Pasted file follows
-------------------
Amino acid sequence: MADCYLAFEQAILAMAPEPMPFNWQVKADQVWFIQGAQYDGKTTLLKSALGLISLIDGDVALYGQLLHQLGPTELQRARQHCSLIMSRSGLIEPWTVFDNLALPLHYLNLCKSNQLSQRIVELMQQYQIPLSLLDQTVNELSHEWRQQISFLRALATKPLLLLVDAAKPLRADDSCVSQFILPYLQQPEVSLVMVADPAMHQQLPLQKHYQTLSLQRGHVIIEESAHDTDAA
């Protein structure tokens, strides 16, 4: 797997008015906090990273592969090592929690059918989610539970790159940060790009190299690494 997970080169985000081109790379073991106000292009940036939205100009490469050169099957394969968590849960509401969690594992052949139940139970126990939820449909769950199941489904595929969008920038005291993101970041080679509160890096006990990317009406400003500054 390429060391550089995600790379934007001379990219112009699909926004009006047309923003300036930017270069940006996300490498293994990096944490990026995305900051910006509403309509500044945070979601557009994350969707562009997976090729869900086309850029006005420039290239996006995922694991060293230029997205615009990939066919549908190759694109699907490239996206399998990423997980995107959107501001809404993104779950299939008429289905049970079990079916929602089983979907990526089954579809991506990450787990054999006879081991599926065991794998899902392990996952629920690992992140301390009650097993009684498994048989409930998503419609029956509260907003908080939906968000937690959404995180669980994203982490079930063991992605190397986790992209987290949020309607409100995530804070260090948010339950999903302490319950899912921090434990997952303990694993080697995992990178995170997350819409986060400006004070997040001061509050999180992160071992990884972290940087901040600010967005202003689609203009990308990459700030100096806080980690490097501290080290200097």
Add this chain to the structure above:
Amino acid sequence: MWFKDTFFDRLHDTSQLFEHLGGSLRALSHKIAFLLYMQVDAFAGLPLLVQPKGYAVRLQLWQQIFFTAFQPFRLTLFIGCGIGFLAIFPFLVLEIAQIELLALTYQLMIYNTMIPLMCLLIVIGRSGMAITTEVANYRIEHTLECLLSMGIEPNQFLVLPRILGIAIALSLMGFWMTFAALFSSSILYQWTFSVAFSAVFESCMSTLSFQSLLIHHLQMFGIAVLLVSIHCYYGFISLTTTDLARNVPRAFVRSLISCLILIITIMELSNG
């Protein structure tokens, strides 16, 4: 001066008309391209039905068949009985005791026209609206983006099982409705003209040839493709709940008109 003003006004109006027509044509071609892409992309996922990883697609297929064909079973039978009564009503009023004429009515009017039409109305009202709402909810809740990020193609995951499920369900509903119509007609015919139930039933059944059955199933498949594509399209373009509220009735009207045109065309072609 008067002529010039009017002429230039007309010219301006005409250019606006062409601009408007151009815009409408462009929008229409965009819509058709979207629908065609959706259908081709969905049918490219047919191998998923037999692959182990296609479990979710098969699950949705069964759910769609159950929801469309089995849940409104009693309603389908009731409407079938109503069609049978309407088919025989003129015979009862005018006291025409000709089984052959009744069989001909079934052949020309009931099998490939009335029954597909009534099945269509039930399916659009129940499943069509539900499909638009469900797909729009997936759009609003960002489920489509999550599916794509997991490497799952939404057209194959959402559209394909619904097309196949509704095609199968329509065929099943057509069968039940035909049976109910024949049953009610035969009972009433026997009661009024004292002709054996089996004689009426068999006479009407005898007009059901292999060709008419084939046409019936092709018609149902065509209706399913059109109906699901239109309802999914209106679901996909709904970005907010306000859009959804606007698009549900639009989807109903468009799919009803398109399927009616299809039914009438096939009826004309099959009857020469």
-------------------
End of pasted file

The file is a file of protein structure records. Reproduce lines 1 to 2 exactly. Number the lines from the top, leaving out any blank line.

Amino acid sequence: MADCYLAFEQAILAMAPEPMPFNWQVKADQVWFIQGAQYDGKTTLLKSALGLISLIDGDVALYGQLLHQLGPTELQRARQHCSLIMSRSGLIEPWTVFDNLALPLHYLNLCKSNQLSQRIVELMQQYQIPLSLLDQTVNELSHEWRQQISFLRALATKPLLLLVDAAKPLRADDSCVSQFILPYLQQPEVSLVMVADPAMHQQLPLQKHYQTLSLQRGHVIIEESAHDTDAA
């Protein structure tokens, strides 16, 4: 797997008015906090990273592969090592929690059918989610539970790159940060790009190299690494 997970080169985000081109790379073991106000292009940036939205100009490469050169099957394969968590849960509401969690594992052949139940139970126990939820449909769950199941489904595929969008920038005291993101970041080679509160890096006990990317009406400003500054 390429060391550089995600790379934007001379990219112009699909926004009006047309923003300036930017270069940006996300490498293994990096944490990026995305900051910006509403309509500044945070979601557009994350969707562009997976090729869900086309850029006005420039290239996006995922694991060293230029997205615009990939066919549908190759694109699907490239996206399998990423997980995107959107501001809404993104779950299939008429289905049970079990079916929602089983979907990526089954579809991506990450787990054999006879081991599926065991794998899902392990996952629920690992992140301390009650097993009684498994048989409930998503419609029956509260907003908080939906968000937690959404995180669980994203982490079930063991992605190397986790992209987290949020309607409100995530804070260090948010339950999903302490319950899912921090434990997952303990694993080697995992990178995170997350819409986060400006004070997040001061509050999180992160071992990884972290940087901040600010967005202003689609203009990308990459700030100096806080980690490097501290080290200097």